When the quaestors
were sent out to confiscate Asiaticus' possessions for the state, they
did not find any trace of the king's money, and were also unable to
the money for which he had been fined. He
refused to accept the enormous sum of money collected by his relatives
and friends; and even what he needed for living, he returned.
|Ex libro XXXIX
Liguribus subactis viam Placentia usque Ariminum productam Flaminia
in urbem introducta ab exercitu Asiatico referuntur.
citra Appenninum erant, subacti sunt.
Graecum et nocturnum, omnium scelerum seminarium, cum ad ingentis
coniurationem pervenisset, investigatum et multorum poena sublatum est.
Valerio Flacco et M. Porcio Catone (et belli et pacis artibus maximo)
est senatu L. Quintius Flamininus, T. frater, eo quod, cum Galliam
consul obtineret, rogatus in convivio a Poeno Philippo, quem amabat,
nobili, Gallum quemdam sua manu occiderat sive, ut quidam tradiderunt,
unum ex damnatis securi percusserat rogatus a meretrice Placentina,
amore deperibat. (Extat
oratio M. Catonis in eum.)
decessit et, tamquam iungente fortuna circa idem tempus duo funera
virorum, Hannibal a Prusia, Bithyniae rege, ad quem victo Antiocho
cum dederetur Romanis, qui ad exposcendum eum T. Quintium Flamininum
veneno mortem consciit. Philopoemen
quoque, dux Achaeorum, vir maximus, a Messeniis occisus veneno, cum ab
his in bello captus esset.
et Pisaurum et Mutina et Parma deductae sunt.
Praeterea res adversus Celtiberos
prospere gestas et initia causasque belli Macedonici continet. Cuius
origo inde fluxit, quod Philippus aegre ferebat regnum suum a Romanis
et quod cogeretur a Thracibus alisque locis praesidia deducere.
|From book 39
he had defeated the Ligurians, consul Marcus Aemilius built a road from
Placentia to Ariminum, where it joined the Via Flaminia.
There is an
of the beginning of luxury, which was introduced into the city by the
of [Lucius Cornelius Scipio] Asiaticus.
live on this side of the Apennines were subdued.
Bacchanals, a Greek and nocturnal rite and the source of all evil, were
suppressed when many people were involved in this conspiracy. After the
investigation, many people were punished.
censors Lucius Valerius Flaccus and Marcus Porcius Cato (a remarkable
in times of war and times of peace) removed from the Senate Lucius
Flamininus, the brother of Titus, because he had, when he had been in
province of Gaul as consul, on request of his lover, the well-known
Philip of Carthage, personally killed a certain Gaul, or, as some say,
had beheaded a condemned criminal to please the courtesan Placentina,
whom he was deadly in love. (The
speech by Marcus [Porcius] Cato] still exists.)
if Fortune wanted to unite two remarkable men with their funerals,
died in Liternum, and Hannibal
poisoned himself at the same time. After Antiochus [III the Great] had
been defeated, Hannibal had fled to king Prusias [I the Lame] of
who wanted to hand him over to the Romans, who had sent Titus Quinctius
the leader of the Achaeans and a great man, was also poisoned, by the
who had captured him during a war.
colonies of Potentia, Pisaurum, Mutina, and Parma were founded.
[book 39] also contains accounts of successful wars against the
and the causes of the Macedonian war, which
were that Philip did not accept that his power was diminished by the
and that he was forced by the Thracians to relocate his garrisons.
|Ex libro XL
eorum quos in vinculis habebat nobilium hominum conquiri ad mortem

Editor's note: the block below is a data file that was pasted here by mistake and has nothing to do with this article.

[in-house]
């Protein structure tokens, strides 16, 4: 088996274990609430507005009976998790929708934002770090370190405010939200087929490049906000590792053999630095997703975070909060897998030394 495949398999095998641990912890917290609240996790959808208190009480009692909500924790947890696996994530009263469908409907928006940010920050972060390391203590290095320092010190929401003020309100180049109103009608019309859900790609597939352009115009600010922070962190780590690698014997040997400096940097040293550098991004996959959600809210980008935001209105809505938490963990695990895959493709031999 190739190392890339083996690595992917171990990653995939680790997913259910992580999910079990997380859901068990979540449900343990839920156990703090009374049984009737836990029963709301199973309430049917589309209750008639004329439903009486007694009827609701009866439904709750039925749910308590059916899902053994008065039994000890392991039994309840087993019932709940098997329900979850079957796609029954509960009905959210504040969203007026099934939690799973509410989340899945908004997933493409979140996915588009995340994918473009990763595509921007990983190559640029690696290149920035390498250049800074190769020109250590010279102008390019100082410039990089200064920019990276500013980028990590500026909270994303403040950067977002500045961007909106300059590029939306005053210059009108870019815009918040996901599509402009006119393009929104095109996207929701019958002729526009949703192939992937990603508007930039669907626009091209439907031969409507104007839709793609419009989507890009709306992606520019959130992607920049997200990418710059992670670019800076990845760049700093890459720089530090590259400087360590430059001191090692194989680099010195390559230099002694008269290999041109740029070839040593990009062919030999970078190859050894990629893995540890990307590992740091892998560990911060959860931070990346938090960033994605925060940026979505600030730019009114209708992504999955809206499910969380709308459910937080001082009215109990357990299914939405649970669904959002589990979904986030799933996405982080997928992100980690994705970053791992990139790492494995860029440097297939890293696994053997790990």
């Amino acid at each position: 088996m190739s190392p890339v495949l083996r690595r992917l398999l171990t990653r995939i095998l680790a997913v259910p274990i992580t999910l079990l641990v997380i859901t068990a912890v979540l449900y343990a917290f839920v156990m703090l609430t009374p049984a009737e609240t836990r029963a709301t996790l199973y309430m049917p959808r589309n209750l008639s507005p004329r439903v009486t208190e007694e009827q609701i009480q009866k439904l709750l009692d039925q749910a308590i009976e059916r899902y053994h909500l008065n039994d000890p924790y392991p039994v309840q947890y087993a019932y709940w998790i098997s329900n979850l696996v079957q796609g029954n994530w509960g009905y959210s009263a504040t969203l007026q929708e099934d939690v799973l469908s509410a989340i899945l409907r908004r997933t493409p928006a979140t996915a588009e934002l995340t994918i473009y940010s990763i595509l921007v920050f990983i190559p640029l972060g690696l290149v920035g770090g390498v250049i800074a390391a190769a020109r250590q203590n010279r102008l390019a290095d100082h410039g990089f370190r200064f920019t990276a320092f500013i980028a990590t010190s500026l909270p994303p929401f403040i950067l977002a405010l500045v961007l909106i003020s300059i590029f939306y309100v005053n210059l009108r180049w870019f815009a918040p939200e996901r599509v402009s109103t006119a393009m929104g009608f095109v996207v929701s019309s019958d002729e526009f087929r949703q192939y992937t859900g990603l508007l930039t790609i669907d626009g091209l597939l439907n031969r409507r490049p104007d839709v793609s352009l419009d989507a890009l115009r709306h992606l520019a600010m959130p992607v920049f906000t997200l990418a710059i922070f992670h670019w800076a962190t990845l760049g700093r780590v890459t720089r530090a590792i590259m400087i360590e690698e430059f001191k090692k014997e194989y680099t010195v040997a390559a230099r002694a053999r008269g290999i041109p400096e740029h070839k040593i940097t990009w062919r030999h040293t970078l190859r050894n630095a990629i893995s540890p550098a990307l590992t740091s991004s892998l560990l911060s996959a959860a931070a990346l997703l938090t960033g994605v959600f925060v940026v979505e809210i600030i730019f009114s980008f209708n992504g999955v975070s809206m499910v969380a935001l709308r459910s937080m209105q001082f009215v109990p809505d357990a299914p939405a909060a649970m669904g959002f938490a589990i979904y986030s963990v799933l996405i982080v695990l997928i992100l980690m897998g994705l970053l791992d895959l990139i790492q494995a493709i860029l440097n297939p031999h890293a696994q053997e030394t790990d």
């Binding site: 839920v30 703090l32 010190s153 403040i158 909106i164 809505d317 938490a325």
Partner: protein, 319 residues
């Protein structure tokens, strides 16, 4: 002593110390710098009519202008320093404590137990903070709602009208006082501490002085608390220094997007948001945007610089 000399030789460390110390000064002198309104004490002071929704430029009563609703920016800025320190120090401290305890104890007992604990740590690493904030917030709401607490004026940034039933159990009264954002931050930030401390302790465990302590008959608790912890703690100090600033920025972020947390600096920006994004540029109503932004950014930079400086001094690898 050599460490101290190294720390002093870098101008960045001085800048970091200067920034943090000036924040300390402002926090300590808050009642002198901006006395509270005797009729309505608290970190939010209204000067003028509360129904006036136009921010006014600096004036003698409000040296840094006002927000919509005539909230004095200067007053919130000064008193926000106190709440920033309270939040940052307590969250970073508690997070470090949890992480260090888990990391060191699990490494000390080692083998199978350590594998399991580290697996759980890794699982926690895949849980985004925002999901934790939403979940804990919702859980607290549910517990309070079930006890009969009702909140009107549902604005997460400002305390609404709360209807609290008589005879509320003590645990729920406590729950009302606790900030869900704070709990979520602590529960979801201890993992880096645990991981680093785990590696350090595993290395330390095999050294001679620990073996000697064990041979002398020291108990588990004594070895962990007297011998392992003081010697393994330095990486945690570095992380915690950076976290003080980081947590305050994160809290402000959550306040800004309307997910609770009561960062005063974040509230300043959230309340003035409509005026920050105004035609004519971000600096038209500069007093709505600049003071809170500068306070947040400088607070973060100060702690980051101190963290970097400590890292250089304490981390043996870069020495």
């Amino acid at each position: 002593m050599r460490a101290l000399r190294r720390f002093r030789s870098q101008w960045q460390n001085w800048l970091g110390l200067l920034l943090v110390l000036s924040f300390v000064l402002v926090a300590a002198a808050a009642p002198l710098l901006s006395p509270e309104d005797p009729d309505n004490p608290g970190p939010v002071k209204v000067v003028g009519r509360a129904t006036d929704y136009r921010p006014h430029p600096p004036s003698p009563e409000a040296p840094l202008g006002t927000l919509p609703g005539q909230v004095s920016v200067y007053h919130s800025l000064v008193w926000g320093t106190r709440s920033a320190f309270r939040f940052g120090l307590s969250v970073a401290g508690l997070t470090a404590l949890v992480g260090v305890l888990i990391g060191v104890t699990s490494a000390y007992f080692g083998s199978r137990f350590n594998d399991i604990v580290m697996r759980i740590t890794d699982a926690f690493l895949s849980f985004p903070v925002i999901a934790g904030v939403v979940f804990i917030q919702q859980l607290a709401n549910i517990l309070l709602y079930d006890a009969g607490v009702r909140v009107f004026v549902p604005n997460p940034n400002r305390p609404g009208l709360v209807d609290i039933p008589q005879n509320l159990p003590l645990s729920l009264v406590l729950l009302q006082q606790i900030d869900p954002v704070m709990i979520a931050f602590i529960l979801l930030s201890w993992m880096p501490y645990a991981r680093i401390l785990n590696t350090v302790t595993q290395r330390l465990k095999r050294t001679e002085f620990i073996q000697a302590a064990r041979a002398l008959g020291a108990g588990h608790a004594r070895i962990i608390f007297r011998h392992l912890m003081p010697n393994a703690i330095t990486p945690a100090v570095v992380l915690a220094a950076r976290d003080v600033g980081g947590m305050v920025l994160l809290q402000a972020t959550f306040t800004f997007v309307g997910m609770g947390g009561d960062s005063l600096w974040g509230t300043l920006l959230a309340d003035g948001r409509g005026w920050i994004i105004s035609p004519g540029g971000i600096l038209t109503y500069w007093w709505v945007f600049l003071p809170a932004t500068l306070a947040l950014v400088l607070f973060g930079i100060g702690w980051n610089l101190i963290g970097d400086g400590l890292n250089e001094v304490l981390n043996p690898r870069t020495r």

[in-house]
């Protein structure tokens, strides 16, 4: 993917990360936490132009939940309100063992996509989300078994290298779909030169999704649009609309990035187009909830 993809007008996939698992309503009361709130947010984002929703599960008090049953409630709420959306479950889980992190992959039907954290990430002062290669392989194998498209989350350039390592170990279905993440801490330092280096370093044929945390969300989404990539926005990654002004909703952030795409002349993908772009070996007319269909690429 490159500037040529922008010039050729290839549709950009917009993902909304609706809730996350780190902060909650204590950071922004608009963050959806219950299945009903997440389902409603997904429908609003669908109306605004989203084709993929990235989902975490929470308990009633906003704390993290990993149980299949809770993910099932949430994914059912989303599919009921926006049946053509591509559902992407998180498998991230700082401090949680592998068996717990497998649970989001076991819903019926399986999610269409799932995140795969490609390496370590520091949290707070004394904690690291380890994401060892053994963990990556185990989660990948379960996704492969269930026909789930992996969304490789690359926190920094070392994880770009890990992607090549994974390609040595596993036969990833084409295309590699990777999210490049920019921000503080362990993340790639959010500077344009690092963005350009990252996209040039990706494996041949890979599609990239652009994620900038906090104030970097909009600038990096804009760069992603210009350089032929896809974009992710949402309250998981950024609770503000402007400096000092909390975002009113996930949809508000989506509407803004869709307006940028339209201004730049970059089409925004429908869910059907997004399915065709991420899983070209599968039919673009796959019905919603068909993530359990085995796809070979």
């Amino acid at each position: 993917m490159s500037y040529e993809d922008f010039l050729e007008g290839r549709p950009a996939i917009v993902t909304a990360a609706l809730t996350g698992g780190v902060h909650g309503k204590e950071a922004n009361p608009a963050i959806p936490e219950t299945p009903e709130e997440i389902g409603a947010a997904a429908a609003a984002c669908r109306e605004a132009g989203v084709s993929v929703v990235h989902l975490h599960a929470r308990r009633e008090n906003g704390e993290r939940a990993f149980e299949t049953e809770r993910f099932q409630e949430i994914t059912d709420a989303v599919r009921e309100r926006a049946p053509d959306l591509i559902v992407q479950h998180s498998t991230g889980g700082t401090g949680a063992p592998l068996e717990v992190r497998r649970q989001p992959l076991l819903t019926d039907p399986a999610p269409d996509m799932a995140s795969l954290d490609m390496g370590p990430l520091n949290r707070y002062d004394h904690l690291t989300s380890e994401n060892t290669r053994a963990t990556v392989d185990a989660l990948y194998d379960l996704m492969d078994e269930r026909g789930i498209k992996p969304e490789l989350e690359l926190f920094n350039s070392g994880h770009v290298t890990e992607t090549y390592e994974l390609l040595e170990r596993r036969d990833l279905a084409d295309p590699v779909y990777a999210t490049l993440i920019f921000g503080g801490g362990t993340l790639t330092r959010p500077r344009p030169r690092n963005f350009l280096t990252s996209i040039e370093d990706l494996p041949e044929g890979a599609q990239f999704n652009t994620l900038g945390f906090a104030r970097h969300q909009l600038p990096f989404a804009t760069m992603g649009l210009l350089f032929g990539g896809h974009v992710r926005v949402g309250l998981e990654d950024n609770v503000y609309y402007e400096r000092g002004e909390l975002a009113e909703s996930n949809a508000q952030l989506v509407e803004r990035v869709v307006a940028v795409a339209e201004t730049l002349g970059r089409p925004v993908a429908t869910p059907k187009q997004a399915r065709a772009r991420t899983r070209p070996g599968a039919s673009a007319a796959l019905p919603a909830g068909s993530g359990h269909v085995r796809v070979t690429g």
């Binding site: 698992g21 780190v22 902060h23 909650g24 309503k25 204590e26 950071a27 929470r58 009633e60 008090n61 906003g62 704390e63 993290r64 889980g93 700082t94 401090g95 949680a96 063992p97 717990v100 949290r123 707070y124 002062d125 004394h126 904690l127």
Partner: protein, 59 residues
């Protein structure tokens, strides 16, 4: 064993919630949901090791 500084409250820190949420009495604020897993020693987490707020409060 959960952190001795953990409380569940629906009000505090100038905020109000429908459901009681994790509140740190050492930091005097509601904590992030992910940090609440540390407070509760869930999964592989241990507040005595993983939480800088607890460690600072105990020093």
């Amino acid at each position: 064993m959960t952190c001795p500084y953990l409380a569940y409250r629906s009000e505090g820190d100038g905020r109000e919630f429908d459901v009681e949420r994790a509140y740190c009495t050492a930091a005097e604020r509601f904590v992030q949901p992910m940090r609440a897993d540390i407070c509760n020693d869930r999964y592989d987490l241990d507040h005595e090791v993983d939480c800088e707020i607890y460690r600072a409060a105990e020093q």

Theoxena, verita pro liberis suis admodum pueris regis libidinem,
in medium gladiis et poculo in quo venenum erat, suasit his ut imminens
ludibrium morte effugerent et cum persuasisset, et ipsa se interemit.
filios Philippi, Macedoniae regis, Persen et Demetrium, referuntur; et
ut fraude fratris sui Demetrius fictis criminibus, inter quae
parricidii et adfectati regni, primum petitus, ad ultimum, quoniam
R. amicus erat, veneno necatus est, regnumque Macedoniae mortuo
ad Persen venit.
Item res in
et Hispania contra Celtiberos a compluribus ducibus feliciter gestas
Aquileia deducta est.
in agro L. Petilli scribae sub Ianiculo a cultoribus agri arca lapidea
clusi inventi sunt et Graeci et Latini. In
quibus cum pleraque dissolvendarum religionum praetor, ad quem delati
legisset, iuravit senatui contra rem p. esse ut legerentur
S.C. in comitio exusti sunt.
animi confectus, quod Demetrium filium falsis Persei, alterius fili, in
eum delationibus impulsus veneno sustulisset, et de poena Persei
voluitque Antigonum potius, amicum suum, successorem regni sui
sed in hac cogitatione morte raptus est. Perseus
|From book 40
[V of Macedonia] ordered to search for the children of those noblemen
had imprisoned, to execute them, Theoxena, fearing the lawlessness of
king on behalf of her children, who were still young, ordered to bring
a sword and a cup of poison, explained them that by their death, they
evade the approaching violence; having convinced them, she killed
is an account of the struggle between the sons of king Philip of
and Demetrius; and how by the treachery of his bother false charges
brought forward against Demetrius, among which was that of attempting
and seizing the throne, and how he was, finally, because he was a
of the Roman people, killed by poison, so that the kingdom of Macedonia
would pass to Perseus at the death of Philip.
It [book 40]
contains an account of successful campaigns by several leaders against
the Ligurians and the Celtiberians in Hispania. The
colonia of Aquileia was founded.
Greek and Latin books of [the legendary king] Numa Pompilius were
by peasants working on the field of scribe Lucius Petillius at the foot
of the Janiculum, buried beneath an arch made of stone. When
to whom the texts were brought had read them, he discovered that the
were religiously dangerous, and told the Senate that reading and
these books were not in the interest of the state. By
order of the Senate, they were burned on the Comitium.
suffered from depression, because he had poisoned his son Demetrius
of the false accusations by his other son Perseus, wanted to punish the
latter, and preferred to leave the kingdom to his friend Antigonus, but
was taken away by death. Perseus
inherited the throne.